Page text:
A former West Point psychology professor, Grossman delves into the psychological costs of war and presents a compelling thesis that human beings have an instinctual aversion to killing. With this, he also shows how militaries overcome this central trait through conditioning and real-world training.

13. “The Guns of August” by Barbara Tuchman

This Pulitzer-Prize winning book is a masterpiece of military history. Delivering an account of the first month of World War I in 1914, Tuchman tells not just a war story, but an event that would upend the modern world.

“This was the last gasp of the Gilded Age, of Kings and Kaisers and Czars, of pointed or plumed hats, colored uniforms, and all the pomp and romance that went along with war,” reads the publisher’s description. “How quickly it all changed, and how horrible it became. Tuchman is masterful at portraying this abrupt change from 19th to 20th Century.”

14. “The Good Soldiers” by David Finkel

Embedded among the soldiers of 2-16 Infantry as part of President Bush’s last-chance “surge” in Iraq, journalist David Finkel captures the grim reality as troops face the chaotic, and often deadly, streets of Baghdad. The book often follows the overly-optimistic Col. Ralph Kauzlarich (motto: “It’s all good”).

But Finkel excels at capturing everyone up and down the chain-of-command, and tells their stories incredibly well. His book is less about big-picture surge strategy, and more about the soldiers on the ground who fought it. That is a very good thing.

Those are our picks. Did we miss one that you loved? Leave a recommendation in the comments.

Articles

11 hiding spots for an E-4 to sham

Yeah. Sure. Not every E-4 has an engine room to hide out in, but there are plenty of other places to skate.


Now, there’s a fine line between when you just need a moment to yourself and when you’re screwing over your comrades — don’t be the guy who crosses this line.

If you need to hide, do it in a place where you’re only just a call away. That way you can keep shamming and your buddies can still cover for you.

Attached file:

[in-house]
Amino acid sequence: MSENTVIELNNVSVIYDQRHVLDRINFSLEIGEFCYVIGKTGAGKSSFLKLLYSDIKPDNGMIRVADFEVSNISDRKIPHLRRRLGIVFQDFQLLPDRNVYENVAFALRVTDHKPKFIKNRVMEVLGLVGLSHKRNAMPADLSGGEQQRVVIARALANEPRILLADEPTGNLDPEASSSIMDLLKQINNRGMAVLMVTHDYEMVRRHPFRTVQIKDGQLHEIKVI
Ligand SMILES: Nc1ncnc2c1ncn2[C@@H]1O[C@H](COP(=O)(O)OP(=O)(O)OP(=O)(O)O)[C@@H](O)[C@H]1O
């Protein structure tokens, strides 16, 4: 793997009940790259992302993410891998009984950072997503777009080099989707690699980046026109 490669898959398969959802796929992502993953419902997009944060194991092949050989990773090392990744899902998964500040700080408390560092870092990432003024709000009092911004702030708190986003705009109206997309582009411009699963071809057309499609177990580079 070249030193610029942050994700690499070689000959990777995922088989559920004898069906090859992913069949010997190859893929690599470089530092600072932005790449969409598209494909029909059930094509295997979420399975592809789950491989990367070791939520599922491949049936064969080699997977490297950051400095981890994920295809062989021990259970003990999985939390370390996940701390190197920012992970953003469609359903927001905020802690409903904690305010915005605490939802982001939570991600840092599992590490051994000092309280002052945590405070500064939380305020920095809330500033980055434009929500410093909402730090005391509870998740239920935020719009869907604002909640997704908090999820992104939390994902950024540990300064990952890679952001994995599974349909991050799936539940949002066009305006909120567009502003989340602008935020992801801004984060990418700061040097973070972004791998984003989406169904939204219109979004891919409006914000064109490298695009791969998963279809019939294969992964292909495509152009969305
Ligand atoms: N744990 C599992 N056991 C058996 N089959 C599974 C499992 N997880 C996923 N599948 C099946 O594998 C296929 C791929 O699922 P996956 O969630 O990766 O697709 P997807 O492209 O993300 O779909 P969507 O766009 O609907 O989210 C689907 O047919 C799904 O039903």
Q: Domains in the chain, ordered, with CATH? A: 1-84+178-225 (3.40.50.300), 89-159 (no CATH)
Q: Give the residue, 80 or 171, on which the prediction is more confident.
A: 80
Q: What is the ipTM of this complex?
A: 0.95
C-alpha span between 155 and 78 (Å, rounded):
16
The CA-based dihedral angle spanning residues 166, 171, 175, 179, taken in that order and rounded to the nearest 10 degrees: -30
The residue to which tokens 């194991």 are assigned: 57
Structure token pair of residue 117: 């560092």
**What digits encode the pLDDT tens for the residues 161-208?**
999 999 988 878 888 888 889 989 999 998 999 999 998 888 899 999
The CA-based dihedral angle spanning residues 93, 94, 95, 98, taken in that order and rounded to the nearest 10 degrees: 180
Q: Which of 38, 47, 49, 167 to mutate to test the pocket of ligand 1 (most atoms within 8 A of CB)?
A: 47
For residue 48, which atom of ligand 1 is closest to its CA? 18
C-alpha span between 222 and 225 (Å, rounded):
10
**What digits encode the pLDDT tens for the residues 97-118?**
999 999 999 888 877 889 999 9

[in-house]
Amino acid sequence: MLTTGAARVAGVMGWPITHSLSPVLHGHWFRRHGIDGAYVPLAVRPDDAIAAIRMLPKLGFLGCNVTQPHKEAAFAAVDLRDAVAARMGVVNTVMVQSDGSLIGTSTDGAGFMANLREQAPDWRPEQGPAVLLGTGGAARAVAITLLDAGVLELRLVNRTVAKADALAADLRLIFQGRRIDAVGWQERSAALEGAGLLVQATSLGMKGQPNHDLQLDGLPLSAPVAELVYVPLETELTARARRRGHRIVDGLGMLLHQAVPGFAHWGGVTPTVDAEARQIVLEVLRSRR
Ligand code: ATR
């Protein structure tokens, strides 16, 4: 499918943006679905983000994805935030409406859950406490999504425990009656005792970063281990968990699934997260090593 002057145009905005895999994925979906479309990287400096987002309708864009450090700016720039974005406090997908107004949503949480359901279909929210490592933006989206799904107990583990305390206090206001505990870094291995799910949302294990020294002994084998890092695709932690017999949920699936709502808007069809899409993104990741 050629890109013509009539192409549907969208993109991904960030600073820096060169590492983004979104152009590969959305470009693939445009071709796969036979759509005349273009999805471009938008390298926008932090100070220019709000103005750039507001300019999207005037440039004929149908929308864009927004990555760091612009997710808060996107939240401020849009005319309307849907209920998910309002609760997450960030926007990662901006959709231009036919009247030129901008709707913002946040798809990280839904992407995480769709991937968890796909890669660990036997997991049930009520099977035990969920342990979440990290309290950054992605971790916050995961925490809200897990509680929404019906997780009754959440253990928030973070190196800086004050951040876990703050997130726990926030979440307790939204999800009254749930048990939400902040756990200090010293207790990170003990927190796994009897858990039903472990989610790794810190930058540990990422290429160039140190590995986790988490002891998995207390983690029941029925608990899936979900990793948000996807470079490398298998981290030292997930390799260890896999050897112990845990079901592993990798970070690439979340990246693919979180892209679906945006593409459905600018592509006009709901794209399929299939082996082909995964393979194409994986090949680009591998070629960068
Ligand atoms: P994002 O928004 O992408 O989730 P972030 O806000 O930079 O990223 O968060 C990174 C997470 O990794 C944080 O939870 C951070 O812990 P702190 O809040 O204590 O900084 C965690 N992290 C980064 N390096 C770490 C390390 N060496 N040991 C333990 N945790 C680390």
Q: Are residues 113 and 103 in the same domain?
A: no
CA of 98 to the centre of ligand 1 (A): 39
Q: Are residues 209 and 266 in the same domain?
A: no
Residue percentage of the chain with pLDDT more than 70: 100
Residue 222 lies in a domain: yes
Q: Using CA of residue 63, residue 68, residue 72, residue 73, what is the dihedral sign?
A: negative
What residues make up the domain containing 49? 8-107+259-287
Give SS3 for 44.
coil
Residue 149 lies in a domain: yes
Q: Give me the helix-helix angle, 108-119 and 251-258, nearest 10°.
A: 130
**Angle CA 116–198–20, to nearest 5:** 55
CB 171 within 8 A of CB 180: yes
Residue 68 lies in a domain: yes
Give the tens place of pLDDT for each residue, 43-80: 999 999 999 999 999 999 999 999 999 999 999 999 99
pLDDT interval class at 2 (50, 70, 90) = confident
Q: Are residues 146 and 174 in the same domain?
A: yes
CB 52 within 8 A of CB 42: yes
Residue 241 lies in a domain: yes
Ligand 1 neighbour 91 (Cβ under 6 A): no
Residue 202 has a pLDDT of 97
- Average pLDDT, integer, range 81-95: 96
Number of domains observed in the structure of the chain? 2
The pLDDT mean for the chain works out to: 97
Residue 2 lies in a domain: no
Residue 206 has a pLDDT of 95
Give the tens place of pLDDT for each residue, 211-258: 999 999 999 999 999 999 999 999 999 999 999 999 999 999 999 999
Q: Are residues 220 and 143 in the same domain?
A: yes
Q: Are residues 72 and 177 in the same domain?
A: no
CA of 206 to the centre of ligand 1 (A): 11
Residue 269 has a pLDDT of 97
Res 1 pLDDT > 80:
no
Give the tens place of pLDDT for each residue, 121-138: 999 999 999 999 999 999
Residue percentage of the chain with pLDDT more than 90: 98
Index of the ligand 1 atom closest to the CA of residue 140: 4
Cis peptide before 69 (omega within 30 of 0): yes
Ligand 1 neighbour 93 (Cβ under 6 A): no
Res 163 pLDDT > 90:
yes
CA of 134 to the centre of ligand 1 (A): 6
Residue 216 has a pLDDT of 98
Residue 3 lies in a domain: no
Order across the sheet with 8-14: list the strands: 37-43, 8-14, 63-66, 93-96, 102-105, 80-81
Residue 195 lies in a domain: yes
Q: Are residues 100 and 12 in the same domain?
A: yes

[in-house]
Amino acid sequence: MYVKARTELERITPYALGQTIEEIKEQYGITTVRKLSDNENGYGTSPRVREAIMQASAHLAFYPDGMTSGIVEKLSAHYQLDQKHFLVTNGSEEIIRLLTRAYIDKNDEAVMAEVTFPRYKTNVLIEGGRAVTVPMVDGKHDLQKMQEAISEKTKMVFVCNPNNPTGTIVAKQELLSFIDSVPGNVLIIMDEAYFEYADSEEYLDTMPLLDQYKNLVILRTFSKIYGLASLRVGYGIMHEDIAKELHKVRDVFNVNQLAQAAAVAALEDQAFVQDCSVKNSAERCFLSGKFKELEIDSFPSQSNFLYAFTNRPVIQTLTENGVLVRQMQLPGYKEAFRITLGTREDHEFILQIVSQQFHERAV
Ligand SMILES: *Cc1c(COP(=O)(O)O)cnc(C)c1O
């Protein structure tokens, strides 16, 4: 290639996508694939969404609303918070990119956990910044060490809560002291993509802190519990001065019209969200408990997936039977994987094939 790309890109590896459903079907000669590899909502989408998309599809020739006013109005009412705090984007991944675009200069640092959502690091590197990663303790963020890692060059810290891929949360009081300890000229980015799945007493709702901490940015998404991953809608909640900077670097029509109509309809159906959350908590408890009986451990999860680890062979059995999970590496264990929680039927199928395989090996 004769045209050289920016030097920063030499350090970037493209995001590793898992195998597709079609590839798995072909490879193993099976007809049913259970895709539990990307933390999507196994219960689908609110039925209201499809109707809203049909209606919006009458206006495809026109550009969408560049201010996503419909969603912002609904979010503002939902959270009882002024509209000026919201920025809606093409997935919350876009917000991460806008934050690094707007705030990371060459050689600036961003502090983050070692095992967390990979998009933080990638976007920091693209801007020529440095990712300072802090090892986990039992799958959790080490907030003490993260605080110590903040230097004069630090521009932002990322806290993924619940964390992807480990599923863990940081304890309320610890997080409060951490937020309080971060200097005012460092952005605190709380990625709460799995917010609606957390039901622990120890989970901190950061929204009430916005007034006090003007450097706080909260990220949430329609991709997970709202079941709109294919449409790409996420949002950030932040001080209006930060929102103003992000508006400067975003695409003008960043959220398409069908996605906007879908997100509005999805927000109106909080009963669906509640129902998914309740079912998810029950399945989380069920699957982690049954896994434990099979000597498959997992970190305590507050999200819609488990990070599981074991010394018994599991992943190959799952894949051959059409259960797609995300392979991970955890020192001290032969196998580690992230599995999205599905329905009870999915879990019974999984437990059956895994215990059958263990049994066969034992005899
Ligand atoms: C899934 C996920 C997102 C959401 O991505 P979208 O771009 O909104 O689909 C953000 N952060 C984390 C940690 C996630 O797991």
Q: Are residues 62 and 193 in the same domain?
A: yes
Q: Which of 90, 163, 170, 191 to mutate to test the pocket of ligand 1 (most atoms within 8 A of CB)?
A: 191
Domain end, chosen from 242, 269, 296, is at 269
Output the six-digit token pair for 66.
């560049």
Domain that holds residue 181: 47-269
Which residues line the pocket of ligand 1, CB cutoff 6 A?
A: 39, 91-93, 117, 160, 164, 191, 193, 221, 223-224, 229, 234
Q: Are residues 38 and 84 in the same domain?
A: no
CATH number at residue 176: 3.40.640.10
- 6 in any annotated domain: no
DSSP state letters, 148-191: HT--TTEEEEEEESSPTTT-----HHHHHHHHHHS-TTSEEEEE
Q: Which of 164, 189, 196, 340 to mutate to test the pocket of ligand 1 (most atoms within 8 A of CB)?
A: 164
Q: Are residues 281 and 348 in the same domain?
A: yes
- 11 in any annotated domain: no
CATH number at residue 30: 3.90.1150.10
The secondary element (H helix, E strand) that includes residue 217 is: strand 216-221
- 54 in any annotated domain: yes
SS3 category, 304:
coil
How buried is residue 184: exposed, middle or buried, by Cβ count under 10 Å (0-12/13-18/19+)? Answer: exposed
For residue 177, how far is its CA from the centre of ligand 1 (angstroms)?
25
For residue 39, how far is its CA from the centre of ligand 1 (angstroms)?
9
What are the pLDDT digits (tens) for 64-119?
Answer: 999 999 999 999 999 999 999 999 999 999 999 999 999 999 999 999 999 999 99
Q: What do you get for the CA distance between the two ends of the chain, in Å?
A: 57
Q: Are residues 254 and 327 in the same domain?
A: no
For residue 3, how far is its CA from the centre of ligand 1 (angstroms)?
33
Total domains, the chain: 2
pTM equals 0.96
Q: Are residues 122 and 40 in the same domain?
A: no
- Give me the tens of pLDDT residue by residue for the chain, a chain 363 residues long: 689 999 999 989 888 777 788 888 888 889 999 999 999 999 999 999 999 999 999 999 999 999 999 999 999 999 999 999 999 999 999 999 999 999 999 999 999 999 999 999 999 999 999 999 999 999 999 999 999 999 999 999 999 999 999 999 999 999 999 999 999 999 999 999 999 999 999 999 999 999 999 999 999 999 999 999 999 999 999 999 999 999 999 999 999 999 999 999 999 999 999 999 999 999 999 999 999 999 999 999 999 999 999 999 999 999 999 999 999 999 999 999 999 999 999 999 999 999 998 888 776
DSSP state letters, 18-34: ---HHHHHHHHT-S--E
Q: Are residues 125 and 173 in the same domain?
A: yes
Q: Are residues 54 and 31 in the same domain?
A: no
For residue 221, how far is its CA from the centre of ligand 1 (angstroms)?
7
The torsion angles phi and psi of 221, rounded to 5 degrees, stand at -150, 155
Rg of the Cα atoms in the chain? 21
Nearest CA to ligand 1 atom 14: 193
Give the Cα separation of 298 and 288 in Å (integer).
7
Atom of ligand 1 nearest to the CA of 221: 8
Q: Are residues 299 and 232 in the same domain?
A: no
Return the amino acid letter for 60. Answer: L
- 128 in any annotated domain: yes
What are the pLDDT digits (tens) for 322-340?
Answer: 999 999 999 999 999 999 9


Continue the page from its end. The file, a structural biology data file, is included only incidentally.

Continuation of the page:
The 4 US Presidents with the craziest war stories
You can’t win wars without ’em. (Image courtesy of Under the Radar)

This list is purely for entertainment purposes. If you get caught and blame it on an article you read — that’s on you.

1. In plain sight

The 4 US Presidents with the craziest war stories
(Meme via The Salty Soldier)

If you look like you’re squared away, people will assume you are…and will be none the wiser if you conveniently aren’t around when there’s a call for parade practice volunteers.

2. Sick Call

The 4 US Presidents with the craziest war stories

Some say it’s “malingering.” Others say it’s “documenting it for the VA down the road.”

3.  Dental

The 4 US Presidents with the craziest war stories
(Meme via Why I’m Not Re-enlisting)

As long as you actually show up, your leader shouldn’t see an issue with you getting your teeth taken care of.

4. Smoke Pit

The 4 US Presidents with the craziest war stories
(Meme via Why I’m Not Re-enlisting)

How many times have we all heard the phrase “if you smoke, take five to ten. If you don’t, I need you to…”

There’s a lot of new faces around the smoke pit whenever they hear that.

5. Alterations

The 4 US Presidents with the craziest war stories

Hey. You never know when the next Dress Uniform inspection is. Why not take the time to get it ready?

6. Post/Base Exchange (PX/BX)

The 4 US Presidents with the craziest war stories

You’d be amazed at how lenient everyone becomes when you say the phrase “Anyone want anything from the shopette?”

#7. Inside a vehicle

The 4 US Presidents with the craziest war stories
(Meme via The Salty Soldier)

Motor Pool Mondays. Someone has to check to see if the air conditioner is working or not.